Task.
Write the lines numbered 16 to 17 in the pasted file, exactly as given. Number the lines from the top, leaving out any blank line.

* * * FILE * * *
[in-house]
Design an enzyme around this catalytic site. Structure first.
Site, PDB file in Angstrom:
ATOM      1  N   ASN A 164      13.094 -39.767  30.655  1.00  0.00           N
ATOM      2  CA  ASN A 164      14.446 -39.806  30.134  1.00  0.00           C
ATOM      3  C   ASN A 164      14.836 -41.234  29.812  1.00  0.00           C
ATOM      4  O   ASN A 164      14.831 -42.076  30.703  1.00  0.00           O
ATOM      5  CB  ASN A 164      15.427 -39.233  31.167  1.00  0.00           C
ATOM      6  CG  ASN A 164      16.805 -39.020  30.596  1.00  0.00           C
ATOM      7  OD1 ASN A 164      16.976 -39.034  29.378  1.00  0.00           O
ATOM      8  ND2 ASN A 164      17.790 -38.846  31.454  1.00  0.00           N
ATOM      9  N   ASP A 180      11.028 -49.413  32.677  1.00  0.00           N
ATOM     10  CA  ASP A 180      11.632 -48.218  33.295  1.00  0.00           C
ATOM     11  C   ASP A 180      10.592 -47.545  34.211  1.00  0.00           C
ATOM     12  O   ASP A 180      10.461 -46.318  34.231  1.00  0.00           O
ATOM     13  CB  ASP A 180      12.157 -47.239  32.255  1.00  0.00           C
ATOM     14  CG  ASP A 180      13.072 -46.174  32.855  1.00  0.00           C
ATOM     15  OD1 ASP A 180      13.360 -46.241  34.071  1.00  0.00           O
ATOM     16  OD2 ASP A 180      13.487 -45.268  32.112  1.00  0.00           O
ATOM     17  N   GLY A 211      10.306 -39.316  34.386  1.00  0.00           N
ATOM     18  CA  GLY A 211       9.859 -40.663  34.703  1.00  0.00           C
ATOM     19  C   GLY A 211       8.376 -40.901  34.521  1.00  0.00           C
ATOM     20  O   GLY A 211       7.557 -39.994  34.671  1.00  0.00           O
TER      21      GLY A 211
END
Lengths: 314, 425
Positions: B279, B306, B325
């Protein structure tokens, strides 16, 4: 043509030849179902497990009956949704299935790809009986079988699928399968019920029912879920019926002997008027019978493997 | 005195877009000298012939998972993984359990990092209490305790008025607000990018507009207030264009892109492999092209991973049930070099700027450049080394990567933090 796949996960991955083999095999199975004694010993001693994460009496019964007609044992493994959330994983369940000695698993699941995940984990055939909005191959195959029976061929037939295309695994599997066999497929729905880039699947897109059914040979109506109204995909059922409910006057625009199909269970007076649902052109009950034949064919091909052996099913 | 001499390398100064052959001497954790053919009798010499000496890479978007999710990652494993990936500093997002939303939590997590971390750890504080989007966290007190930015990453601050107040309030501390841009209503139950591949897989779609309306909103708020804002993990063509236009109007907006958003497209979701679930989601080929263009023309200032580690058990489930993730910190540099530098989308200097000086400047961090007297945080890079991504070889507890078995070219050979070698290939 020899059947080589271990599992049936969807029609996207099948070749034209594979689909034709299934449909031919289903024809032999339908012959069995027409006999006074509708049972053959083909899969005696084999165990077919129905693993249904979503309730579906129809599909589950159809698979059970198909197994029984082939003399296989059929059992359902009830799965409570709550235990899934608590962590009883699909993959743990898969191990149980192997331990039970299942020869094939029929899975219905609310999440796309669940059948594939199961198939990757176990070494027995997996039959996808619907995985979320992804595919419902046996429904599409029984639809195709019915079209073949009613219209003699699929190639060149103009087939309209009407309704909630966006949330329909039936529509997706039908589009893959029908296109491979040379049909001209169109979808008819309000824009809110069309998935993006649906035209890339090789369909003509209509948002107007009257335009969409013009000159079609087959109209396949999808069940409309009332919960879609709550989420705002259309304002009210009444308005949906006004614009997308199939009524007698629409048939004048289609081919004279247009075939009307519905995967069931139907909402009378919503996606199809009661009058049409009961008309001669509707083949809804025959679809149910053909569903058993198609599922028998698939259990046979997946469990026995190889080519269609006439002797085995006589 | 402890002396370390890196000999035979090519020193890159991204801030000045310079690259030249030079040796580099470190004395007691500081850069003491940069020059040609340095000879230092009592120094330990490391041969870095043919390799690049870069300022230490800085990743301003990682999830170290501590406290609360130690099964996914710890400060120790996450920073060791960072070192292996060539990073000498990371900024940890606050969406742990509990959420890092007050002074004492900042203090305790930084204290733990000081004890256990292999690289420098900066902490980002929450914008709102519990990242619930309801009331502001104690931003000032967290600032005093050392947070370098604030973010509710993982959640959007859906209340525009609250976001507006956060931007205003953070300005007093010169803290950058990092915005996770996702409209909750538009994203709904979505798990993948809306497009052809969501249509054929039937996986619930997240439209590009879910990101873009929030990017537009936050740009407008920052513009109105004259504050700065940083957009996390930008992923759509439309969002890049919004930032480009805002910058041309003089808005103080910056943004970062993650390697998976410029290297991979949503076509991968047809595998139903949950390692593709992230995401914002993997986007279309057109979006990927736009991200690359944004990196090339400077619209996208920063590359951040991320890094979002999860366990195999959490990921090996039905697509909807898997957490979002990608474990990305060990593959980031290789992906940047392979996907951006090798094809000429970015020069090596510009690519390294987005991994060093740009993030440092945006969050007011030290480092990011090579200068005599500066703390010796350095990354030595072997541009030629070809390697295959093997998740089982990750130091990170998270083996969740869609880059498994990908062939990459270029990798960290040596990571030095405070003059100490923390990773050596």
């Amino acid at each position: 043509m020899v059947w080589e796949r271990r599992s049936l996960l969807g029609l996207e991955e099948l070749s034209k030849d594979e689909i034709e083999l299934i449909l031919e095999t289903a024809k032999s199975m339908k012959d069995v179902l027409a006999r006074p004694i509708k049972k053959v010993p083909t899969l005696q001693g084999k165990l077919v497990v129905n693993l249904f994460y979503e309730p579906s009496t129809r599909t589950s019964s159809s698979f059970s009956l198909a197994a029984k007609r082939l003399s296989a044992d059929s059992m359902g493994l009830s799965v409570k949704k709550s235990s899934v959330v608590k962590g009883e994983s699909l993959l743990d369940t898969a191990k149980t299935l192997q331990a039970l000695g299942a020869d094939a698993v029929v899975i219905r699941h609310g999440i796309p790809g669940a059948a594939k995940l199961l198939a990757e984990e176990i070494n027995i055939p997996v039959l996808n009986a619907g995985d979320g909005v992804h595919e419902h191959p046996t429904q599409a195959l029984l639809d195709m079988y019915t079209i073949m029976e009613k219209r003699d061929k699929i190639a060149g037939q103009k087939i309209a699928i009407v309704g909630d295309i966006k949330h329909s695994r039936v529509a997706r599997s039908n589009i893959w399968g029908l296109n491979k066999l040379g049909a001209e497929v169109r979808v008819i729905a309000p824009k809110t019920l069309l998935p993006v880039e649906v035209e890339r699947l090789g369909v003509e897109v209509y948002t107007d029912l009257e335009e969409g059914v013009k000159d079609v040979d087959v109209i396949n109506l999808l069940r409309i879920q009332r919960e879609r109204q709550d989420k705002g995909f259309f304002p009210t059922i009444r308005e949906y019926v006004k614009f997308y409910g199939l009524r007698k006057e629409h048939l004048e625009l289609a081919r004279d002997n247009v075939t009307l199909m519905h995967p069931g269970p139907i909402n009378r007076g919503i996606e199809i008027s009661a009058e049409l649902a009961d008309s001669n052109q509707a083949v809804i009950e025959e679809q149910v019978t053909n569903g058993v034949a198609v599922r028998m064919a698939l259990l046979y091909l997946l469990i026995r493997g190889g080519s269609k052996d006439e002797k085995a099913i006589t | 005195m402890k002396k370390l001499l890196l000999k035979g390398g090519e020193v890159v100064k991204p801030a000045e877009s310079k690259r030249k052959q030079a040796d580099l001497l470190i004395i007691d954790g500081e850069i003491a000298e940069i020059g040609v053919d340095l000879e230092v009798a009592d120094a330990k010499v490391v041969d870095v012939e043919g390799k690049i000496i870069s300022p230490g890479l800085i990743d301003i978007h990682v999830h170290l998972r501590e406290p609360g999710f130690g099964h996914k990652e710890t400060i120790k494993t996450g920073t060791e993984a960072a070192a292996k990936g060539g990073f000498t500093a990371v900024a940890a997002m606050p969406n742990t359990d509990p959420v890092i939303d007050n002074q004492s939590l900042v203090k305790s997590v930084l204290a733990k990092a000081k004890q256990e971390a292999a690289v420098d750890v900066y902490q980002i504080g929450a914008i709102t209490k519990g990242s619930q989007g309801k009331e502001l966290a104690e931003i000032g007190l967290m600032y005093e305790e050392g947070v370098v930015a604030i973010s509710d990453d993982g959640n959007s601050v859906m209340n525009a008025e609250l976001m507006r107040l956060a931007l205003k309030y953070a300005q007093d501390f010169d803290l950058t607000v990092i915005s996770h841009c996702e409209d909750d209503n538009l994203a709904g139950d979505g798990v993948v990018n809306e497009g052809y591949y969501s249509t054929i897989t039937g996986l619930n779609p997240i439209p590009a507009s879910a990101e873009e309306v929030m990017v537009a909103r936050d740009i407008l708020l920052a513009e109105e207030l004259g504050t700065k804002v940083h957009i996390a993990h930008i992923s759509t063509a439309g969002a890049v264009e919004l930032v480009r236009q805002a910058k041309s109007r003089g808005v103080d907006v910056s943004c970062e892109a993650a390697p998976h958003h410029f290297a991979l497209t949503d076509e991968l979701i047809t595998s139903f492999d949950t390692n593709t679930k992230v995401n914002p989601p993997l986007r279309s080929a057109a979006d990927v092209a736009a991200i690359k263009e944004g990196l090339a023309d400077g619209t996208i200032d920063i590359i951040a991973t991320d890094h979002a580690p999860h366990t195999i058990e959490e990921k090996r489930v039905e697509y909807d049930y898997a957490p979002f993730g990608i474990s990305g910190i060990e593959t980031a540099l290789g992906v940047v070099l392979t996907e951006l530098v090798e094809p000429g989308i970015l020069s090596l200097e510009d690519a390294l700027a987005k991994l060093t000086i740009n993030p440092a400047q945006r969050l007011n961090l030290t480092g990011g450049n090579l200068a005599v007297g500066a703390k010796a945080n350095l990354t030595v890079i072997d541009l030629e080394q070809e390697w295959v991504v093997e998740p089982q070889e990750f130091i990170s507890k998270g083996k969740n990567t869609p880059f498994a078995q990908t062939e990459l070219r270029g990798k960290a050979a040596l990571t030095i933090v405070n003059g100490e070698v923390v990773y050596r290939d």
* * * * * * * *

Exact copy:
ATOM     13  CB  ASP A 180      12.157 -47.239  32.255  1.00  0.00           C
ATOM     14  CG  ASP A 180      13.072 -46.174  32.855  1.00  0.00           C